Paul Walker
Credit: Bob Marshak/Universal Studios

The Fast & Furious series is one of the less likely franchises in modern Hollywood history. It needed Paul Walker. He was the linchpin, back at the beginning. The first film was conceived as a Walker star vehicle. This was back when he was the guy from Varsity Blues and She’s All That and The Skulls. The latter film, mostly forgotten nowadays, was directed by Rob Cohen — and it was Cohen who thought of Walker for a film that was originally titled Red Line, based partially on a Vibe article and at least a little bit on Point Break. It was possible to go into a movie theater in the summer of 2001 thinking that The Fast and the Furious was a Paul Walker movie. He was the blond blue-eyed star. He played Brian O’Conner, an undercover police officer. Of course, he broke bad. He couldn’t help himself. He met Vin Diesel.

Walker’s career was defined by the Fast & Furious films. He starred in five of them, and was not yet finished filming Fast 7 when he died. Even Walker’s non-Fast roles felt like O’Conner variations. Character arcs trended vehicular: the trucker-terror pulp gem Joy Ride (he drove a Chrysler), the manic thriller Running Scared (he drove a red convertible), the little-seen Vehicle 10 (he drove a rental car). If he wasn’t driving something, he was usually heisting somebody: in Takers, or in the underrated beach-bum thriller Into the Blue.

But if Walker had basically one defining role, that role was hardly static. In The Fast and the Furious, O’Conner is the picture of youthful turn-of-the-century cool-guy youth. For pure rock-god charisma, O’Conner can’t compete with Vin Diesel’s Dom Toretto, who gets to throw out baritone-baroque wisdom grenades with every breath. “I live my life a quarter-mile at a time.” “It don’t matter if you win by an inch or a mile. Winning’s winning.” “You break her heart, I’ll break your neck!” This was testosterone camp. By comparison, Walker — with his ocean-blue eyes, his cover-model physique, his Boy-Band-Quiet-One hair — became a weird sort of everyguy.

That was true in 2 Fast 2 Furious, a hyperventilating cartoon parody of the first film. With Diesel gone, the second films retconned Tyrese Gibson as a childhood friend of O’Conner. Gibson gamely played Roman Pearce as a joke on cool-guyness, talking too much and generally floating above the candy-colored action. (“He did the Stare-and-Drive on you, didn’t he? He got that from me.”) Where the first film is almost goofily sincere, 2 Fast is a monument of self-awareness. But O’Conner defied deconstruction. Walker was steady, even genial. This is a movie that ends with the protagonist saving the day by flying a Camaro into a yacht. It needed somebody steady.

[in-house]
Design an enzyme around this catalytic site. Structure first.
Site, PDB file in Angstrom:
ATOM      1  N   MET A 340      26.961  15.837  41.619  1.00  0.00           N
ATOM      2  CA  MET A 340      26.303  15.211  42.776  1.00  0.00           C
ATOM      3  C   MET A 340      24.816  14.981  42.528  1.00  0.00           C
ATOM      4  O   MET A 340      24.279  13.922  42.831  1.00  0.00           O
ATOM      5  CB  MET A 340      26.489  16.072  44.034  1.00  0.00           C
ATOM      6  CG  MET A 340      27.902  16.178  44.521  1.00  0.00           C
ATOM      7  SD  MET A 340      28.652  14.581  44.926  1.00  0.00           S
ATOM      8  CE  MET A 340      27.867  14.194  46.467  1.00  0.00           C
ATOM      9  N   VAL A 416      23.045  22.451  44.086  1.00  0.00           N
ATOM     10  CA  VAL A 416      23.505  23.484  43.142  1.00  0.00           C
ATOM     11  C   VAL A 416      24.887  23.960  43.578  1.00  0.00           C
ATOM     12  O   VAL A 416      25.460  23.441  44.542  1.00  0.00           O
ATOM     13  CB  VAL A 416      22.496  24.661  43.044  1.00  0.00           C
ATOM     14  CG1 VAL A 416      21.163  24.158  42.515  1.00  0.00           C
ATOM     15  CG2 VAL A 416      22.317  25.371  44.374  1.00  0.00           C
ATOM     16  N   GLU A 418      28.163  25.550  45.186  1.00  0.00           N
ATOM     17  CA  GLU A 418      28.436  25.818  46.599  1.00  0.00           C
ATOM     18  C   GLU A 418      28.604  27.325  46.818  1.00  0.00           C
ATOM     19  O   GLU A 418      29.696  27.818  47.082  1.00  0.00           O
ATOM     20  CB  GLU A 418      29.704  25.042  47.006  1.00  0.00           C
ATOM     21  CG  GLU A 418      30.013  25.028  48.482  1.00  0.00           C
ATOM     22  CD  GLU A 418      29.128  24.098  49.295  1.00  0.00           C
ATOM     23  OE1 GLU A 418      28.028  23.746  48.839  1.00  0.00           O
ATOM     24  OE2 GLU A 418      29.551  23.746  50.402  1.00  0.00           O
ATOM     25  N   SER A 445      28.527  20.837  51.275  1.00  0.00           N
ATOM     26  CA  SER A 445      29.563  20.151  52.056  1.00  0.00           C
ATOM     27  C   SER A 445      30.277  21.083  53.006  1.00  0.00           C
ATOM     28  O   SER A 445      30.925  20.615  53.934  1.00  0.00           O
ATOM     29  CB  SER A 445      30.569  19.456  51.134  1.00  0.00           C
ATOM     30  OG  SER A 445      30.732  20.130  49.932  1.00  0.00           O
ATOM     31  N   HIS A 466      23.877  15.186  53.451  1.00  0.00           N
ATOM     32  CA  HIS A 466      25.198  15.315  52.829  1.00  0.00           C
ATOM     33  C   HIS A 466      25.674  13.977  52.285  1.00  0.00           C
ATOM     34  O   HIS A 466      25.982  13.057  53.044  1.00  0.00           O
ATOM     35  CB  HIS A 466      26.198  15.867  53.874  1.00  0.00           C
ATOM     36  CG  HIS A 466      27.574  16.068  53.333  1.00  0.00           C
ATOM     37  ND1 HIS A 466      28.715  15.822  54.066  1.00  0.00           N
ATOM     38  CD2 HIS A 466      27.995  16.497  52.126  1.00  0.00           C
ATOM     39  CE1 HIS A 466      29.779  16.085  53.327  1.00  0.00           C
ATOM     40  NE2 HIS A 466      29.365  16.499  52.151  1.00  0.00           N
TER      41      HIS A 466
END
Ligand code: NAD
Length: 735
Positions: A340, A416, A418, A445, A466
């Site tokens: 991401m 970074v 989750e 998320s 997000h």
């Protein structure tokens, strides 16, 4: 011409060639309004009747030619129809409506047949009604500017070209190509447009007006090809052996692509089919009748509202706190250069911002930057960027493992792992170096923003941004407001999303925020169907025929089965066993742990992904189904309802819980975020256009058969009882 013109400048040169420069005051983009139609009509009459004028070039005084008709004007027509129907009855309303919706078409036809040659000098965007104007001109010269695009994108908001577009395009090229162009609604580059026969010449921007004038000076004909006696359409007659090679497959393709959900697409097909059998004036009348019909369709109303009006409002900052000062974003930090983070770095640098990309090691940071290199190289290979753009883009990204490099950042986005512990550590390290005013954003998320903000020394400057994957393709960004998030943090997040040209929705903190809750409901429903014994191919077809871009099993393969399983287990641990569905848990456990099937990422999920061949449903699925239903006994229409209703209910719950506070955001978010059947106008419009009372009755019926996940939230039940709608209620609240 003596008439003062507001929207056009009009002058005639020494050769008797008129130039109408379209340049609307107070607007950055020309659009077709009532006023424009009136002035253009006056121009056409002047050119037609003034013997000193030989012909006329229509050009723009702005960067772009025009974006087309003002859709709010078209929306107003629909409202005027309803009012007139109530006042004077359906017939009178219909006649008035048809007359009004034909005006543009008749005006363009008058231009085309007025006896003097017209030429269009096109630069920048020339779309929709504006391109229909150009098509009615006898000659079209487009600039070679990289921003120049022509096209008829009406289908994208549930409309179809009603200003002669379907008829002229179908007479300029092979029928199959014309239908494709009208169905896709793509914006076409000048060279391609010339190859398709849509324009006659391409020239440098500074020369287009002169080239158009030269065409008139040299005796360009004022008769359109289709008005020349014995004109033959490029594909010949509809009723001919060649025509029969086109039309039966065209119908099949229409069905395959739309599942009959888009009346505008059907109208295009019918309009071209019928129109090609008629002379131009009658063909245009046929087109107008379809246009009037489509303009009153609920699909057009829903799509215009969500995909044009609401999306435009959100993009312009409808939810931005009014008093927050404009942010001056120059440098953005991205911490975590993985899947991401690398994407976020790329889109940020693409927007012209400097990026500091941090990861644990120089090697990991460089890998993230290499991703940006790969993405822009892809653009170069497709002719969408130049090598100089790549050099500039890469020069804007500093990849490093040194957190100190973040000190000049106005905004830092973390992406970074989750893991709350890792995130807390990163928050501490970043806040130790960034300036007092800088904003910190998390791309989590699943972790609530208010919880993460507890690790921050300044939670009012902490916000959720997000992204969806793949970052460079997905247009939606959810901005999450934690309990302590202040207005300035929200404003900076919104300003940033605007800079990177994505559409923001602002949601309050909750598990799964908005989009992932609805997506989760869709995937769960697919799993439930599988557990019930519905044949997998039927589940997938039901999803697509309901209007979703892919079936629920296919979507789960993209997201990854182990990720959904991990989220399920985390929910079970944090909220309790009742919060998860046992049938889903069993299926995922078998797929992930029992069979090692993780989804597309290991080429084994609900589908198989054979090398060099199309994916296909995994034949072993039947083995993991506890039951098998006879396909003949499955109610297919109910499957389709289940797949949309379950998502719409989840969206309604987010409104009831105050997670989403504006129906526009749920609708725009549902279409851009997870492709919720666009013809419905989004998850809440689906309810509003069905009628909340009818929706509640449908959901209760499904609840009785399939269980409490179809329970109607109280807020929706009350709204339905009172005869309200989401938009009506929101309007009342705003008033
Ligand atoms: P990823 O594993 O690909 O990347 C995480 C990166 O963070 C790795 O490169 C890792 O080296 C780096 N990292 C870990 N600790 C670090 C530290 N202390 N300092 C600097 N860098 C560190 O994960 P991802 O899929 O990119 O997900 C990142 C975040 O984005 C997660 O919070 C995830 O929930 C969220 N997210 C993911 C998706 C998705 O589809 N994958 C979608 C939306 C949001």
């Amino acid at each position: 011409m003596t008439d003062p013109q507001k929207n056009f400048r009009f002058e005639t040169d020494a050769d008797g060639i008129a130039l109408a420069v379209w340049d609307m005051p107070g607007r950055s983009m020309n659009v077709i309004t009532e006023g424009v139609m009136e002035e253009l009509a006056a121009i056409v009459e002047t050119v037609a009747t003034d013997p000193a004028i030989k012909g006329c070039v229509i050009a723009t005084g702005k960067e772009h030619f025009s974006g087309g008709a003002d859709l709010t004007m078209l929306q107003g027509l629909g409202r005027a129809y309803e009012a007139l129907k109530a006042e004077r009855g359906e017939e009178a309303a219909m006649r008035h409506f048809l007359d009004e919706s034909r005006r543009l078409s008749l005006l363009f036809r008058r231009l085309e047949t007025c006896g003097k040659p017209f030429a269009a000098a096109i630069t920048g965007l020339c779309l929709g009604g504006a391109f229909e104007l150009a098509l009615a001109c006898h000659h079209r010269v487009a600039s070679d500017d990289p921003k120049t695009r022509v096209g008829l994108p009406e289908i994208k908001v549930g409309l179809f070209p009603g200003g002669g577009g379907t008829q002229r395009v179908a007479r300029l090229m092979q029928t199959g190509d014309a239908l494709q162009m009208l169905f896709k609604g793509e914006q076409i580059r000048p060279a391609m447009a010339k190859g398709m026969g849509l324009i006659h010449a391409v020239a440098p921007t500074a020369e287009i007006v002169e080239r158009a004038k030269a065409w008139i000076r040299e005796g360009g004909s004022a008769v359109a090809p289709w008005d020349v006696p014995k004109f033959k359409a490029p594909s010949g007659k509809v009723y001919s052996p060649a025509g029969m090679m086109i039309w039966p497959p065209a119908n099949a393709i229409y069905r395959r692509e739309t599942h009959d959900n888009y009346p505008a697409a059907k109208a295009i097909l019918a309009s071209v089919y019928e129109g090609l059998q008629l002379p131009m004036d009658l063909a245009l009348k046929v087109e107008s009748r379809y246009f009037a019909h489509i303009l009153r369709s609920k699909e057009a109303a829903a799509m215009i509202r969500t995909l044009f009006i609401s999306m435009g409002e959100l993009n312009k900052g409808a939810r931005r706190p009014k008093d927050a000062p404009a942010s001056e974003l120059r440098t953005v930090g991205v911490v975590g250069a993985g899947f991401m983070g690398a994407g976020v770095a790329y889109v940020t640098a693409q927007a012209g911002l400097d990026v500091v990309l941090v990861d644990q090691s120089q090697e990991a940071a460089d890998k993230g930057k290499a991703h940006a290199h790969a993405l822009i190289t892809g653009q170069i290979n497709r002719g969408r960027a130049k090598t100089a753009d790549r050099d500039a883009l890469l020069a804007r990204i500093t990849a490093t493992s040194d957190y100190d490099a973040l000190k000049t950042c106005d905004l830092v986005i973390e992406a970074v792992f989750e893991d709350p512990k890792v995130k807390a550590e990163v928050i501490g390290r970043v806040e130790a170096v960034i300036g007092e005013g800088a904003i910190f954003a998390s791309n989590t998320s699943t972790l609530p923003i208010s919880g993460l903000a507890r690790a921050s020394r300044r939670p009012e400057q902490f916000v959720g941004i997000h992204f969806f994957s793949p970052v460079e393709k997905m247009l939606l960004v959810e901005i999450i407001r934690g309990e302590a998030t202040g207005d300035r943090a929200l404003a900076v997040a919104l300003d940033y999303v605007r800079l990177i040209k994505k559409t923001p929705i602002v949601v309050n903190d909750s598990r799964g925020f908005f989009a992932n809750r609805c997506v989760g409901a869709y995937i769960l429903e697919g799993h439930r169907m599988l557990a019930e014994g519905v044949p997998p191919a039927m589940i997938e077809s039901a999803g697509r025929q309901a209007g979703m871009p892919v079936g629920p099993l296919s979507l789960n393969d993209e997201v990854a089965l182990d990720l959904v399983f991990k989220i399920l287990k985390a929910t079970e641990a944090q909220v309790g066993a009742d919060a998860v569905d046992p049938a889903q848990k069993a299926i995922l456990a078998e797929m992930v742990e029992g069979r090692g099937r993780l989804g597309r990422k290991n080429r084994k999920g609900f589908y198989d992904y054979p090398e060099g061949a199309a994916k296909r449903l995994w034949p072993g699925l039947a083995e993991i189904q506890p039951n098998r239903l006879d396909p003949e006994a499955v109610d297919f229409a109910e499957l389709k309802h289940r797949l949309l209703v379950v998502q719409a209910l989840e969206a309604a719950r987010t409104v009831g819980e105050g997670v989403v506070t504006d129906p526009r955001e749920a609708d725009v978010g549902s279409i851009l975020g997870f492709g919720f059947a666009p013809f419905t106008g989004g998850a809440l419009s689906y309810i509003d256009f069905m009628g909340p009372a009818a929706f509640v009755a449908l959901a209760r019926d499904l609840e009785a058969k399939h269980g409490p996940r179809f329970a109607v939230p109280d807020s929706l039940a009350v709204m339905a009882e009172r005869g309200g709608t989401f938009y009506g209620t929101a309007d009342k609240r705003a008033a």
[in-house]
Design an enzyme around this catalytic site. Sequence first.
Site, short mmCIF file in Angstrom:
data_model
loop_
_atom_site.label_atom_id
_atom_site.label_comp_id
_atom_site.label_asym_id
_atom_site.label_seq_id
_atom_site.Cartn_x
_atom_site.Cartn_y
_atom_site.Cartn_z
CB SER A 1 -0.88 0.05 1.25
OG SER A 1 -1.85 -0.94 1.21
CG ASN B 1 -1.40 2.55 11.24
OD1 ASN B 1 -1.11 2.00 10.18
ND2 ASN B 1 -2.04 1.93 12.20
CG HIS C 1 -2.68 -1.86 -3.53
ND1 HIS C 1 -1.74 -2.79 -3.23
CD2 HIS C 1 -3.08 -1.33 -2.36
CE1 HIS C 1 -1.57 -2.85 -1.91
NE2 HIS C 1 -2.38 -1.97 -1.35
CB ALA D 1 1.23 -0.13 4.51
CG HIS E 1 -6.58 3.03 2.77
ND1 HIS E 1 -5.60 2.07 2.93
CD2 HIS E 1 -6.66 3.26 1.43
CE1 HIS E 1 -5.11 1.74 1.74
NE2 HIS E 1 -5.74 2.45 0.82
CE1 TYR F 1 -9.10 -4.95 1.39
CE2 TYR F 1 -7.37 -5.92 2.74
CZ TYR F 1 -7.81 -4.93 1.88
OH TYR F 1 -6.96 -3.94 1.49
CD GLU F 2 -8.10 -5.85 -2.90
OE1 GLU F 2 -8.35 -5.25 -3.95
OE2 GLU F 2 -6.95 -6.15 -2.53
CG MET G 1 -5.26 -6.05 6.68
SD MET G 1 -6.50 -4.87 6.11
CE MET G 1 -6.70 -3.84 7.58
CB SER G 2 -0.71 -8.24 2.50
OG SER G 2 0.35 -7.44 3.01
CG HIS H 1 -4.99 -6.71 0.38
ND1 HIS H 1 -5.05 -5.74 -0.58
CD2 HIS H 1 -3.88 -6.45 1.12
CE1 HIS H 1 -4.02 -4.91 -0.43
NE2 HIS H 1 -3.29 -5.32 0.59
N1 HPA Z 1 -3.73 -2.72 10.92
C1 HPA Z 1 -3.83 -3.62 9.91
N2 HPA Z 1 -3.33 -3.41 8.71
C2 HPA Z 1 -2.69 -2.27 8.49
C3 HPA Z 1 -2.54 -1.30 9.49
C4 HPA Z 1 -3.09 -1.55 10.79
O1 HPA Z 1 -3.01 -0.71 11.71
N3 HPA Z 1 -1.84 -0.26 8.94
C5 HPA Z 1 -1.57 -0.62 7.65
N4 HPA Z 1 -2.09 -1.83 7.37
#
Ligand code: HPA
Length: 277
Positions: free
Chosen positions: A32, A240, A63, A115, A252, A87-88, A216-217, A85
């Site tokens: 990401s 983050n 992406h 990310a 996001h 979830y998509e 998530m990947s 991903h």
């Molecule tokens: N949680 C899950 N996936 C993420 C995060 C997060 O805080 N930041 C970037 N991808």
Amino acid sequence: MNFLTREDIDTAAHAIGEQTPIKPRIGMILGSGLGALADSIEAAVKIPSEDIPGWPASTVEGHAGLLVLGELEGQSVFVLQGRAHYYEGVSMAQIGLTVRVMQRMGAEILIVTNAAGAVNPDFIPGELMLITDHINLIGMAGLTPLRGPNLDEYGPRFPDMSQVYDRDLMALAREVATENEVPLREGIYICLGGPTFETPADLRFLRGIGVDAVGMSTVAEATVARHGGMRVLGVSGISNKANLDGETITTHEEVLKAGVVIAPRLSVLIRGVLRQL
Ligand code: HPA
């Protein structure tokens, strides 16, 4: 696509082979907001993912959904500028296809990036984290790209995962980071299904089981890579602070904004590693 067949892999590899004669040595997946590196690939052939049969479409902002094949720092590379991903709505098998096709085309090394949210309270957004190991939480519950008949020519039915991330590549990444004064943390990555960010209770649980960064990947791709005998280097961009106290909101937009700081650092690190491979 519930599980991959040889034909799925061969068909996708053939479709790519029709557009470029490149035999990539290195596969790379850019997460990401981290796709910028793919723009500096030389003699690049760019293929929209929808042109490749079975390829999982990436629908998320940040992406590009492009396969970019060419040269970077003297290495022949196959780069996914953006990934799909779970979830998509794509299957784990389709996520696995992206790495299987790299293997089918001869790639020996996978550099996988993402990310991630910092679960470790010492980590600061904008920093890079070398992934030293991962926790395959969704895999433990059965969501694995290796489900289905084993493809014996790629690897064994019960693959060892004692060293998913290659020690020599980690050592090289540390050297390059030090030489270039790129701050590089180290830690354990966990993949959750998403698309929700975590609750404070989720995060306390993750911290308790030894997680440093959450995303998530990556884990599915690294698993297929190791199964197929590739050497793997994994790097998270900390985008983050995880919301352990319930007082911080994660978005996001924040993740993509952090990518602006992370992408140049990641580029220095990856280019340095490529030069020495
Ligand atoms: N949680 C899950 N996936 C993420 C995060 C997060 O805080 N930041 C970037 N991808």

Part of the rarely remarked-upon pleasures of Hollywood’s new franchise era is seeing how the actors and characters mature together. When O’Conner returned in 2009’s Fast & Furious, Walker was older: hair trimmed, face stubbly, wearing a suit instead of baggy shorts. And the whole world had shifted around him. The fourth, fifth, and sixth Fast films take place in a world of steadily escalating hyperbole. The actors get bigger: See Vin Diesel and franchise annex Dwayne Johnson. The action gets bigger, too: Rio destroyed by a bank vault in Fast Five, the tank attack scene and the never-ending runway in Furious Six. But if anything, O’Conner becomes even more of an everyman as the films get crazier around him. His concerns are real-ish: A pregnant girlfriend, a captured wife, the urge to bring his son home.

In his career, Walker usually played the impeccable handsome straight man, the control group that wilder elements played off. This initially read as villainous: In She’s All That and The Skulls, he played a couple proto-Malfoy variations of Evil BMOC. But more often, he was the generous wingman: For Steve Zahn and Ted Levine’s voice in Joy Ride, for Scott Caan and Jessica Alba’s stomach in Into the Blue. In a fine supporting turn in Flags of Our Fathers, he’s a steady commanding officer; his early death lingers over the surviving soldiers, one of many heroes who didn’t make it home.

And in the Fast & Furious films, Walker played the ultimate wingman, a guy who always had everybody’s back. In some strange way, Walker just looked good driving a car. (He loved racing in real life.) And so the nature of his death will always complicate his role in a franchise built on car crashes. He had filmed much of Fast 7, but the movie will need to change without him — to say nothing of the potential and inevitable sequels, which now must carry on without Walker’s professional-at-work sturdiness. Brian O’Conner will be missed.

Fast and Furious
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